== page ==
You may be more likely to take fitness and relationship risks on the eve of a milestone birthday, a new study finds.
Facing down the big 3-0 (or 4-0 or 1-0-0) can be understandably scary. There's something about realizing you're on the brink of a whole new decade to make you rethink, well, everything. But a new study from NYU and UCLA says it isn't the zero-ended milestone birthdays you should be worried about—it's the ones right before. From running a marathon to having an affair, here are eight things you're more likely to do when your age ends in a nine.
After collecting data on eight million people registered on a dating website for people seeking extramarital affairs, researchers found that people 29, 39, 49, and 59 were nearly 18 percent more likely to be looking for a little something on the side than their other-aged peers. (But if you would rather want to spice up your current relationship, we've got Your Top 21 Sex Questions—Answered!)
You know those people who sit at the end of the bar and ask everyone who passes by, "But what is the point—of everything?" That could be you on a "nine year." The study looked at survey results from 42,063 adults from more than 100 countries and found that niners are more likely to question whether their lives were meaningful, and more likely to feel upset if they think they "failed" at answering the existential questions. “As we age, it’s good to understand this propensity so we’re more likely to make constructive rather than destructive choices, says Adam Alter, Ph.D., professor at NYU Stern and co-author of the paper.
The authors examined the ages of 500 first-time marathon runners randomly drawn from the Athlinks website, a site that compiles race times, and found 25 percent more “nine-enders” than other-aged runners. [Tweet this fact!]
Ending a decade can add a little extra spring to your step or oomph to your muscles. Runners ran about two percent faster at ages 29 and 39 than during the two years before and after those ages, according to the study. In addition, people who were at ages ending in nine were more likely to sign up at a gym or make other changes to improve their health. (Don't miss The Ultimate Strength Workout for Runners that targets all those primary muscles used during running.)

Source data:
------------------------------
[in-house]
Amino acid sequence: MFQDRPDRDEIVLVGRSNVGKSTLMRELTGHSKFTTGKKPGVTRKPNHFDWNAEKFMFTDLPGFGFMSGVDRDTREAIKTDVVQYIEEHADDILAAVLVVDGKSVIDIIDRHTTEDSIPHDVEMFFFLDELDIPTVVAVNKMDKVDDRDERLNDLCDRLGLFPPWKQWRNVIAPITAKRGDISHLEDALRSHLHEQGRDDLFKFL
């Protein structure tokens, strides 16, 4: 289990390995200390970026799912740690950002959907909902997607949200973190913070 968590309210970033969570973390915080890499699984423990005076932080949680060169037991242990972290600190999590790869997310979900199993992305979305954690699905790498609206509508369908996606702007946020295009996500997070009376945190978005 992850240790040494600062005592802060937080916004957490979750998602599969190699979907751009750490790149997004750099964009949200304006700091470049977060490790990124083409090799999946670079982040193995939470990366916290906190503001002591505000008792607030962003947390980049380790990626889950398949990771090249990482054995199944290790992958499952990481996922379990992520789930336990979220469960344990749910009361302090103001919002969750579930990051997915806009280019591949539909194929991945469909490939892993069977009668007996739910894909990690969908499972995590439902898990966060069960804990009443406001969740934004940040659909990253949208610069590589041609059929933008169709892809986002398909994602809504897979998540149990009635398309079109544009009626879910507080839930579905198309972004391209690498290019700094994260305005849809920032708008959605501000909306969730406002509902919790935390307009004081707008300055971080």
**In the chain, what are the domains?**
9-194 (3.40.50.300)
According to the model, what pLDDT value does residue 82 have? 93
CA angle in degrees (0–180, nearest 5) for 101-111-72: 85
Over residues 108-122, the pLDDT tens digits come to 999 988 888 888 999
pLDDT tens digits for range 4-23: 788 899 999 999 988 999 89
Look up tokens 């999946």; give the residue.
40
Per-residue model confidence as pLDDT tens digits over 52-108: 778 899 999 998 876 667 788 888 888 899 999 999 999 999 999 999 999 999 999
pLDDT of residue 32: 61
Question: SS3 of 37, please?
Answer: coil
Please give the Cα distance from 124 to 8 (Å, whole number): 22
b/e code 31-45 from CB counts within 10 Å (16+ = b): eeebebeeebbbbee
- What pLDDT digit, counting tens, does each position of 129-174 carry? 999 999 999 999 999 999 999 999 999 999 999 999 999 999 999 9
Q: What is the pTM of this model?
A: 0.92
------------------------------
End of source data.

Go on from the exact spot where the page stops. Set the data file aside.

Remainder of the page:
Forget the mid-life crisis! According to the study, people on the brink of a "zero year" are more likely to make large purchases like cosmetic surgery or luxury goods than in the years before or after. Alter says that being aware of this propensity to splurge during those specific years can help you make better purchasing decisions.
One of the best parts of aging is, well, realizing you're getting older. And you need to plan for that. The survey results found that at 29 or 39, people indicated they were more likely to buy life insurance or invest in a retirement account. (Also, now's the time to get prepared for life's trickiest challenges. Here are 8 of Life's Biggest Shake-Ups, Solved.)
Whether it's deciding to volunteer as a Big Sister or donating to disaster relief, according to the study, you're more likely to amp up your charitable giving, both in time and money, during the nine years.